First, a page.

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  • "The Author of 'Beltraffio'":The Exquisite Boy and Henry James's Equivocal Aestheticism
  • Kevin Ohi

First published in 1884, Henry James's "The Author of 'Beltraffio'" comes early in a series of tales of literary discipleship that he wrote in the 1880s and 1890s. Depicting pedagogical relations in markedly erotic terms, they detail intimate claustrations of master and disciple, elaborately choreographed seductions of examination and reluctant exhibition, and literary relations that inspire panting, breathing, groaning, caressing, throbbing, and pressing, that occasion passionate beatings of hearts and distracted flutterings of attention.1 Many of these stories share a common structure, which deflects the (more or less) implicit erotics of the master-disciple relation through a shared desire for a young woman. This triangular structure of bonding, exchange, and rivalry conforms, of course, to the "homosocial desire" Eve Kosofsky Sedgwick explores in Between Men; to my mind, these stories avoid the trajectory from male homosociality to "homosexual panic" by eschewing the knowingness that, for Sedgwick, underlies the panic—a knowingness affianced to a particular style of unknowing, the foreclosure less of homosexuality than of the possibility that desire might be something other than known.2 Desire is intimately bound up with the conundrums of interpretation in these stories that have made them, for critics, exemplary instances of James's elusive reflection on his own art. Thus, in the later stories, the triangular relation culminates in scenarios of betrayal exquisitely wrought to baffle the disciple's desire to console himself with knowledge; corroding even the possibility of knowing or confirming the betrayal one suspects one has suffered, of understanding one's experience, in other words, through a verifiable act of reading, the equivocal lessons of the masters must therefore extend, as well, to the readers of the tales. The various difficulties presented by these stories—their uneven satirical effects, for instance, their variations in tone, voice, and focalization, their often unverifiable intimations that the narrators are obscurely embroiled in the stories they tell, even, in much more elementary terms, their troubling of such a simple matter as the deciphering of [End Page 747] their plots—all these suggest ways that the reader is made to take the role of betrayed disciple. If, therefore, critics from Richard Ellmann to Jonathan Freedman have turned to "The Author of 'Beltraffio'" for an early statement of James's take on British aestheticism, such an effort, I would argue, can scarcely avoid entanglement in the snares of this transferential structure. Against Freedman's powerful reading of James's use of aestheticism—the effort he sees to keep the "destabilizing implications" of British aestheticism "under control"—I would argue that James's story (and, perhaps, James's oeuvre more generally) rather forces us to confront these "destabilizing implications."3 The story's aestheticism, I'll suggest, is to be found in its thwarting of our effort to decode in it a definitive statement about aestheticism; this disorientingly insinuating structure, moreover, accounts for the story's queer eroticism. In other words, this story, like many of these tales of the artistic life, presents an eroticism that lies not so much in the explicit throbbing, panting, and groaning of passionate discipleship as in the redoublement that leaves the reader in the disciple's place. Invoking that self-reflexive turn is worth the risk it runs of New Critical cliché because it helps bring into view the destabilizing effects of the story's aestheticism—and the queerness of that aestheticism.4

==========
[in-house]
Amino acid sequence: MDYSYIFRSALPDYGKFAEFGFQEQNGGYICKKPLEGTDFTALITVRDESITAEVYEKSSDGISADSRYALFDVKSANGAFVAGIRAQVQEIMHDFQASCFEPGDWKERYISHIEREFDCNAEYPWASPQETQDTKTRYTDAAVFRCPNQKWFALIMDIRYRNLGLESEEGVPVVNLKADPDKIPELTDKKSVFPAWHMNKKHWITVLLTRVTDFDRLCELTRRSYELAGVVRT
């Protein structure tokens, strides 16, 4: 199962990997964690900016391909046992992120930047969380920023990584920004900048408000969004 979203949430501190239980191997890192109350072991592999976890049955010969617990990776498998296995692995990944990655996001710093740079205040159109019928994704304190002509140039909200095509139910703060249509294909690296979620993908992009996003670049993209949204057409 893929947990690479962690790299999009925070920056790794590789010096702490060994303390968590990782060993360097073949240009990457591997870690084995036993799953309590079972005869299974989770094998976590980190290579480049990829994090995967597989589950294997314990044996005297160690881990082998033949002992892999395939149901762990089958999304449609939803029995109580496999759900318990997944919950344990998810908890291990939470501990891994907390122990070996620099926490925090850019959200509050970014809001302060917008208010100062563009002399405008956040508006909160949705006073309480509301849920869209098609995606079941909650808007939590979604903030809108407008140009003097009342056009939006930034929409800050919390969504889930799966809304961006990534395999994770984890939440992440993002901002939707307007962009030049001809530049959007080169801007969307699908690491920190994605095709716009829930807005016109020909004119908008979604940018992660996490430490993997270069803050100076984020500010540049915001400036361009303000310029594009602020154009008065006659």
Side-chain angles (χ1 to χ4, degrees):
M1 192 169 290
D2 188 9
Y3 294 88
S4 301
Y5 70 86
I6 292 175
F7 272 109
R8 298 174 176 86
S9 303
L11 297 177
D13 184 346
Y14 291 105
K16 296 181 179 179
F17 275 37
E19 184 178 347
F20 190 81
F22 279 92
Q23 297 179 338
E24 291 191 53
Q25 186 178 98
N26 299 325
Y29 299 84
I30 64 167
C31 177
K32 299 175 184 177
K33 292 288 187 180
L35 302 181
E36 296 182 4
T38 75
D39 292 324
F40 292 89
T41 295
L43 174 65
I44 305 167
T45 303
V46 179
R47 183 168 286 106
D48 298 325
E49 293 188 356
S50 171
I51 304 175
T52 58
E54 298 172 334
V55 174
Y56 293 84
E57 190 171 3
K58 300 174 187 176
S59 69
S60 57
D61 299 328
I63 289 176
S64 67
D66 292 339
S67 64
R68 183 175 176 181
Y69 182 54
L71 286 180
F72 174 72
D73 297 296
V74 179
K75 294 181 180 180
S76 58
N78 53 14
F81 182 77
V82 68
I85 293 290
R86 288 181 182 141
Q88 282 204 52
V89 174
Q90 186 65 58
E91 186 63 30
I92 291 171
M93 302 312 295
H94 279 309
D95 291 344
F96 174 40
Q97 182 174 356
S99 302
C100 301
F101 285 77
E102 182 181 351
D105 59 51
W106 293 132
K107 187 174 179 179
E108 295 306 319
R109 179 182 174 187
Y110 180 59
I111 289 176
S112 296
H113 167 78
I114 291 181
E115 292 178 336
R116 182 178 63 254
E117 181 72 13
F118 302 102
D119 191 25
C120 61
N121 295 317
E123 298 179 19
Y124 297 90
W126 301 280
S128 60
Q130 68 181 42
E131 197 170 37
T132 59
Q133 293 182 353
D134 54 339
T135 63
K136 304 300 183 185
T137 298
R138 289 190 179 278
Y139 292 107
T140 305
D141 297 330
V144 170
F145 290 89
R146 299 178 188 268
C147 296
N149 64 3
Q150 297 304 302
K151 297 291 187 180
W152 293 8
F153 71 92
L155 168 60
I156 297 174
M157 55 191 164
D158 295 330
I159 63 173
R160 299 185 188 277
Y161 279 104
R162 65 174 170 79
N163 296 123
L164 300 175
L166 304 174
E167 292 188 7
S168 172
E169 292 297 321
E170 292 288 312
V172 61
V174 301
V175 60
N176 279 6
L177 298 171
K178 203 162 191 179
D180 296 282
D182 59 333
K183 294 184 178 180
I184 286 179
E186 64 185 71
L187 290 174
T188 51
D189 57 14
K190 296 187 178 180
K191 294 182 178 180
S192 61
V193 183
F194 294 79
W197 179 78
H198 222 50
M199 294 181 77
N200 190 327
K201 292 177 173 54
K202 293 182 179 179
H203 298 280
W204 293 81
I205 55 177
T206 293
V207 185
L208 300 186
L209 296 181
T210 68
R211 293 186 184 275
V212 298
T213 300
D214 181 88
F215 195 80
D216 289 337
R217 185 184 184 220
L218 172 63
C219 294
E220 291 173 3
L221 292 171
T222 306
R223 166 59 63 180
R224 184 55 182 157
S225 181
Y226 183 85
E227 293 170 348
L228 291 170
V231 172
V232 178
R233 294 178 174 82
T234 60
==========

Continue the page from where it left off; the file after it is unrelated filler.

Such transferential terms are, moreover, exactly those with which the story frames the seductions of aestheticism; the story turns on the power of aestheticist writing to influence and seduce, and, in particular, to influence or seduce a child. The narrative of a devoted disciple's visit to the home of his aestheticist idol Mark Ambient had as its "germ," James tells us in the Notebooks, Edmund Gosse's report that the wife of John Addington Symonds "had no sort of sympathy with what he wrote; disapproving of its tone, thinking his books immoral, hyper-aesthetic, etc; 'I have never read any of John's works. I think them most undesirable,'" James has her say.5 Mrs. Ambient's distaste for her...